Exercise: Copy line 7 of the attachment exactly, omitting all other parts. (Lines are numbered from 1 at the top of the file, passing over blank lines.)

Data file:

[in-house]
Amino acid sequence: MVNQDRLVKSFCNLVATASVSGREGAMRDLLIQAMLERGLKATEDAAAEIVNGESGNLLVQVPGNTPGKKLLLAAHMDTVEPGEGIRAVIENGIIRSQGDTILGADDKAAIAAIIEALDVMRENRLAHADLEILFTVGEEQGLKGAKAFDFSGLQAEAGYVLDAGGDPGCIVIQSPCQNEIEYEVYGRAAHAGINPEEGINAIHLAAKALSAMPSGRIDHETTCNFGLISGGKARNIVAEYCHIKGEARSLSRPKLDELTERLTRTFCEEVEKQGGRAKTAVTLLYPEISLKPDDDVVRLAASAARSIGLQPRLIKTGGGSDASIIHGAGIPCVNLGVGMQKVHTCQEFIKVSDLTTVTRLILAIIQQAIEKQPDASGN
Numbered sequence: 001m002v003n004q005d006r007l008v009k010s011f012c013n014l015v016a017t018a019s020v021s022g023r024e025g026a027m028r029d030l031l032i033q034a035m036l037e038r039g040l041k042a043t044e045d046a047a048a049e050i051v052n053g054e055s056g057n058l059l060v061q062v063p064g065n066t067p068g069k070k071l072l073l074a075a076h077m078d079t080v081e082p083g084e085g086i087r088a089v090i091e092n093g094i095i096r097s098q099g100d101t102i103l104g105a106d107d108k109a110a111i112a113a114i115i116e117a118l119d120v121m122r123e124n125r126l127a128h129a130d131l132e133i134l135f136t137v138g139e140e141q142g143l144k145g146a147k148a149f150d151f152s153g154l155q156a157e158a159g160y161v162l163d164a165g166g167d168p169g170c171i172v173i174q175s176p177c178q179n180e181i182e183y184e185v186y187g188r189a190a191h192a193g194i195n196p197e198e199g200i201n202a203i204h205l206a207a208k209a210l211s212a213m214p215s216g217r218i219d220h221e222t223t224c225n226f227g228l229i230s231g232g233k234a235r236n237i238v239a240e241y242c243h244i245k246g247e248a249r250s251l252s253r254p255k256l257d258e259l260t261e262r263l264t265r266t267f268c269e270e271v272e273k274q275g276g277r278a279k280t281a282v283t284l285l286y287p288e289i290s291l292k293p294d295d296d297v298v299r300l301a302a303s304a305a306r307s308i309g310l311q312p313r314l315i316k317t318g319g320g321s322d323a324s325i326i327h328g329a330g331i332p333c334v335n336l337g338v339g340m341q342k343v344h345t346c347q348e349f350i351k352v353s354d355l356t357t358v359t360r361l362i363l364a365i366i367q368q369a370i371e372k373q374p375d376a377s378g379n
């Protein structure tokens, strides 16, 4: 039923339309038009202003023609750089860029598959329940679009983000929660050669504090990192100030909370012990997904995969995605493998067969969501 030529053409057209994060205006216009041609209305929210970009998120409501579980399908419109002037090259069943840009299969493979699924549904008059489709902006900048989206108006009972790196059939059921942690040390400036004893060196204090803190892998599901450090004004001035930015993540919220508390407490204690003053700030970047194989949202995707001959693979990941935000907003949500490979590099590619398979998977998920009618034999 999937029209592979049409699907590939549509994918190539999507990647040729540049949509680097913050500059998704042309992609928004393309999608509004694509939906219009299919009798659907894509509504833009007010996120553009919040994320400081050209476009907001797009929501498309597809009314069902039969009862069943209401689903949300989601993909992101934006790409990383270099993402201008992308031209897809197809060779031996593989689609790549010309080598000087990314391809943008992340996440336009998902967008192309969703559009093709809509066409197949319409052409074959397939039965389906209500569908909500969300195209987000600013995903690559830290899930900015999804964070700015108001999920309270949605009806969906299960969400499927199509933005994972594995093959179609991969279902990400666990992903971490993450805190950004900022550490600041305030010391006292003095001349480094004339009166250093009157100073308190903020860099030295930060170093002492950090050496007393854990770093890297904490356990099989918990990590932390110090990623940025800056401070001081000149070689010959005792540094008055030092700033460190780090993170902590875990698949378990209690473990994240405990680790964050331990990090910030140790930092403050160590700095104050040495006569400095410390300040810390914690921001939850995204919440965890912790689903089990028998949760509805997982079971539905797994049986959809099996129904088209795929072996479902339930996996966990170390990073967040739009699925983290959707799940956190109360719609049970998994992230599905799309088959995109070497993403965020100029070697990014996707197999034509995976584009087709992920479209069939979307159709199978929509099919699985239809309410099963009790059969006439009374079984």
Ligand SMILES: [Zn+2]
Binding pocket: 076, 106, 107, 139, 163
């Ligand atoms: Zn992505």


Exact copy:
């Ligand atoms: Zn992505």